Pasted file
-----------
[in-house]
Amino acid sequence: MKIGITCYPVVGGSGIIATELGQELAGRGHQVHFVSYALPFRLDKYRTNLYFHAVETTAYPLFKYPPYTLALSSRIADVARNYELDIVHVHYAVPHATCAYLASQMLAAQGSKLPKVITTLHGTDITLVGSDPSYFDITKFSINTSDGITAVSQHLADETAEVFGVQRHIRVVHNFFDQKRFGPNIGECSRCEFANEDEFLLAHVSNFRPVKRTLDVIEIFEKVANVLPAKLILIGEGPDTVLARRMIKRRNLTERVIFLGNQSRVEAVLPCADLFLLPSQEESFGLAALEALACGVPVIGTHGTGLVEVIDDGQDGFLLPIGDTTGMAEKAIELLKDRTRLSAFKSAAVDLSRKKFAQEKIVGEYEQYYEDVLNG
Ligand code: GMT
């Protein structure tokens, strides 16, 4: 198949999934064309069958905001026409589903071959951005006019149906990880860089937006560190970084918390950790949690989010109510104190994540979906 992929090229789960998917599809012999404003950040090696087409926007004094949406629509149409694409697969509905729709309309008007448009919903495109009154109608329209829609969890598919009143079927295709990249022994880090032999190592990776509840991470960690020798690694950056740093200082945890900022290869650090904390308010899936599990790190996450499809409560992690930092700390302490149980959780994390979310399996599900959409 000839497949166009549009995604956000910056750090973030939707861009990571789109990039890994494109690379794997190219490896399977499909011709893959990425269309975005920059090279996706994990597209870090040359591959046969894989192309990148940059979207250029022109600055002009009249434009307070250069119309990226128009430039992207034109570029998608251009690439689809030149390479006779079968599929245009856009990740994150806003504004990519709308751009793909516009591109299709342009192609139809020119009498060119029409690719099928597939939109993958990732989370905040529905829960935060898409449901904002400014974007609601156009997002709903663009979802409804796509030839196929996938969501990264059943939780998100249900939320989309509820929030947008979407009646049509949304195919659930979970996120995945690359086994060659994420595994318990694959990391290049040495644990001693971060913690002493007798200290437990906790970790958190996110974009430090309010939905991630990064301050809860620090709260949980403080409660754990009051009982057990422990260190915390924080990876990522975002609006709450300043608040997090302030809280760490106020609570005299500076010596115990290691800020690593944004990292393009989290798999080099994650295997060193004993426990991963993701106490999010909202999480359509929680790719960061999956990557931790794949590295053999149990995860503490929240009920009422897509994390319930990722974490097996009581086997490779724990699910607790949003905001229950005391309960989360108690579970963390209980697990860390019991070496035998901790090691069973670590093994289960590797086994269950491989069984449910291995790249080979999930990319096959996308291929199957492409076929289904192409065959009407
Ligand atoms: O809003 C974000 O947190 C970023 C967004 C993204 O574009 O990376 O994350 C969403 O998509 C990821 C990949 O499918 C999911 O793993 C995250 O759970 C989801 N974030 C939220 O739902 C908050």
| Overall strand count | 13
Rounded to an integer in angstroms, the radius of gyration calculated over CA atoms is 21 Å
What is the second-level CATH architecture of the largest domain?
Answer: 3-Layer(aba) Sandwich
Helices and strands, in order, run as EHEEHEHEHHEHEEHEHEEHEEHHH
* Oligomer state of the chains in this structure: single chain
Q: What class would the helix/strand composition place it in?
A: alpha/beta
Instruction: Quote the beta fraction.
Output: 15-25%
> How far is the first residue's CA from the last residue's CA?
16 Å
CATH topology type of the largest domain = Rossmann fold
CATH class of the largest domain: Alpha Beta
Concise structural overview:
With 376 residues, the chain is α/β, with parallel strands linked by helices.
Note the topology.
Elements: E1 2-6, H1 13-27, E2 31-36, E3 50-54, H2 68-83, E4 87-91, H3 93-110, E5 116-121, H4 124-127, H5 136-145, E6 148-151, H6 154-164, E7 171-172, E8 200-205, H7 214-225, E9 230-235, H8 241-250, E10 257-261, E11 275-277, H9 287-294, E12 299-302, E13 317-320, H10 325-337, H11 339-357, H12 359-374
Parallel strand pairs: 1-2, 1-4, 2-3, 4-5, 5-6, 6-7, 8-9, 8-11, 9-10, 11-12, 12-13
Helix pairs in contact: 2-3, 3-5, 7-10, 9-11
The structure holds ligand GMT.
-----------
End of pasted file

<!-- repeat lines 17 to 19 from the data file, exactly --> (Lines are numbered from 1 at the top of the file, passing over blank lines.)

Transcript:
16 Å
CATH topology type of the largest domain = Rossmann fold
CATH class of the largest domain: Alpha Beta